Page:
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Nigeria and low oil prices

Vice President Yemi Osinbajo said during an interview at Davos, Switzerland that Nigeria should be able to cope with the drop in oil prices. His comments indicate he was talking about “Nigeria” as in the Nigerian government and not the country. This is because his comments centred on increasing tax coverage to raise additional revenue for the government beyond oil.

Osinbajo speaking during the Davos interview
Osinbajo speaking during the Davos interview

Watch the interview here.

The oil price has dropped from highs of over $100 per barrel in 2014 to below $30 last week and Nigeria’s budget had been based on proceeds of oil sales at $38 a barrel.

Unless you buy into the myths of “trickle down” economics, the billions of dollars Nigeria has made from crude have passed by the majority of its people. Only 1% is estimated to have benefited from the oil wealth. So most Nigerians would really not be affected by the current slump in oil prices, at least not directly.

An estimated 80% of oil revenues go to the government, which is shared between the presidency, the federal government, state governments and a multitude of hangers-on. Much of this money is stolen or frittered away on stuff that doesn’t matter to ordinary people.

The drop in the price of oil should also have meant that looting and frivolous government expenditure should be reduced. But there is no chance of that. Nigerian governments – federal and state – plan to address the oil shortfalls with further borrowing. And this money will be looted, lumbering future governments and generations with debt – that wasn’t spent on things that were sustainable and would have generated the revenue to repay the debt.

With so much of oil revenues going to the government and oil accounting for about 90% of Nigeria’s foreign exchange earnings, you would think that some belt-tightening would be in order at senior levels of government. But the Muhammadu Buhari government has reportedly allocated 4bn naira ($20m) for the presidential clinic at Aso Rock. This is while the budget for the entire federal ministry of health is around $179m. This demonstrates the “Animal Farm” (some more equal than others) tendencies of the people Fela Kuti called “Beasts of No Nation, Animals in Human Skin”.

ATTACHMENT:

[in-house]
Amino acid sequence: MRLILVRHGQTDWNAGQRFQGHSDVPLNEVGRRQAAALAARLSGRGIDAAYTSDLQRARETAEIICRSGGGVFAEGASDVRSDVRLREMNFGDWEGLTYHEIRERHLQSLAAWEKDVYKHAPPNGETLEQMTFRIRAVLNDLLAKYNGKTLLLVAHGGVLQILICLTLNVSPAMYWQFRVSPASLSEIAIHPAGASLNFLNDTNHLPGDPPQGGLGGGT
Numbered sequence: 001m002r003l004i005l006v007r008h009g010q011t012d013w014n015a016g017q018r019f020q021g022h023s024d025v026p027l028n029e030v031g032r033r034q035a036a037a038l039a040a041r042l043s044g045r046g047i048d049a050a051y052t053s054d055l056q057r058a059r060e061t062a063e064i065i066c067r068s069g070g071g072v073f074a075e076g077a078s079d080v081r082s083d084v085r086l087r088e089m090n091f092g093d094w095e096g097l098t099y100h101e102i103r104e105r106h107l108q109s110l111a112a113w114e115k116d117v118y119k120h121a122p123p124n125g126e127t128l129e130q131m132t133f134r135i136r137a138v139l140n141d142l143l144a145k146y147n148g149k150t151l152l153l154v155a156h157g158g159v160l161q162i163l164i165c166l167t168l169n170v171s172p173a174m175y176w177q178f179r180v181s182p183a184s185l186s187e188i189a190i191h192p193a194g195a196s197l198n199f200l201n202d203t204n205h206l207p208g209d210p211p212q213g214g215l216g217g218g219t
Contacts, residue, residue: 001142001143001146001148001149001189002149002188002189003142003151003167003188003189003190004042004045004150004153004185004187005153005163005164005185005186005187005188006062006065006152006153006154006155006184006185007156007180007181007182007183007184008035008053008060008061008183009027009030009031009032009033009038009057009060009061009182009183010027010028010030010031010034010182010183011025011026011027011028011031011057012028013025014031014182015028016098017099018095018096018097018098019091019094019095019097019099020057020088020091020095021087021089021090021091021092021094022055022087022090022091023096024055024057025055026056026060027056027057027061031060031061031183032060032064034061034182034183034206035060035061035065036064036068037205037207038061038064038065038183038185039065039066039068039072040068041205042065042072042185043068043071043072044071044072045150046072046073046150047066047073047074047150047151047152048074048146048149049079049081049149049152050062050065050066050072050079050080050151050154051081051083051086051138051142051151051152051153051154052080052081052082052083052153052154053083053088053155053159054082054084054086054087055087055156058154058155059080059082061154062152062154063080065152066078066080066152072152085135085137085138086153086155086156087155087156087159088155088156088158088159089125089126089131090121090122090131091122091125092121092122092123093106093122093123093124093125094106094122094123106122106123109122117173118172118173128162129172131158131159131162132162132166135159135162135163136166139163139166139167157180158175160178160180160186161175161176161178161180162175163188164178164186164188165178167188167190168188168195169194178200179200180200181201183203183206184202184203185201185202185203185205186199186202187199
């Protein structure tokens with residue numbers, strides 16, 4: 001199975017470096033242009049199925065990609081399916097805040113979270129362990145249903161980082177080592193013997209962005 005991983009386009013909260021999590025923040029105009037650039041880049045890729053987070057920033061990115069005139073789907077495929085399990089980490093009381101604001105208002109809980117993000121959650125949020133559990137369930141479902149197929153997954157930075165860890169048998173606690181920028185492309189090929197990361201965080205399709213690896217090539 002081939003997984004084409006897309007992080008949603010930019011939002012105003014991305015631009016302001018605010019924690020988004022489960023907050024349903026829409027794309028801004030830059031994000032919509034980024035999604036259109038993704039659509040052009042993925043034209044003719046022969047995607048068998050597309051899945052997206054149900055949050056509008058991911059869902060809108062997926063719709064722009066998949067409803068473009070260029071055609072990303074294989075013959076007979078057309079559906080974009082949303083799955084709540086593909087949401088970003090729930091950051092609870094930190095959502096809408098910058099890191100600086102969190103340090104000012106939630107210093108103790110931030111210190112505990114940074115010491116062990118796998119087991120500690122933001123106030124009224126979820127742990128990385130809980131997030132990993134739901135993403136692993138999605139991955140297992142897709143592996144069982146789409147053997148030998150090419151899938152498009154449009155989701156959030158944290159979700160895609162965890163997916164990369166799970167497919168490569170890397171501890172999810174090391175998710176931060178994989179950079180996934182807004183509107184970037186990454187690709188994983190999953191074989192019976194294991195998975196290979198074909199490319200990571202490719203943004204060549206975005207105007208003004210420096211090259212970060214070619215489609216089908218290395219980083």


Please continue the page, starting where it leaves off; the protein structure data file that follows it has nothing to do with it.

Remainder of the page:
Osinbajo talked about widening the tax base, but going by the evidence of how government spends oil money, there is little evidence that increasing the tax burden on Nigerians would benefit ordinary people.

Some have argued that when more people pay taxes, they would start demanding accountability for how the money is spent. This sounds good in theory, but in Nigeria the slogan “no taxation without representation” by the American colonists against British rule rings very true. Nigerian governments do not represent the people. Nigerian federal legislators are the highest paid in the world with basic salaries around $175,000 a year, while over 60% live in “absolute poverty”.

Increasing taxes on Nigerians to maintain the 1% in lifestyles they have become accustomed to is a recipe for disaster and should be resisted by all progressive-thinking Nigerians.

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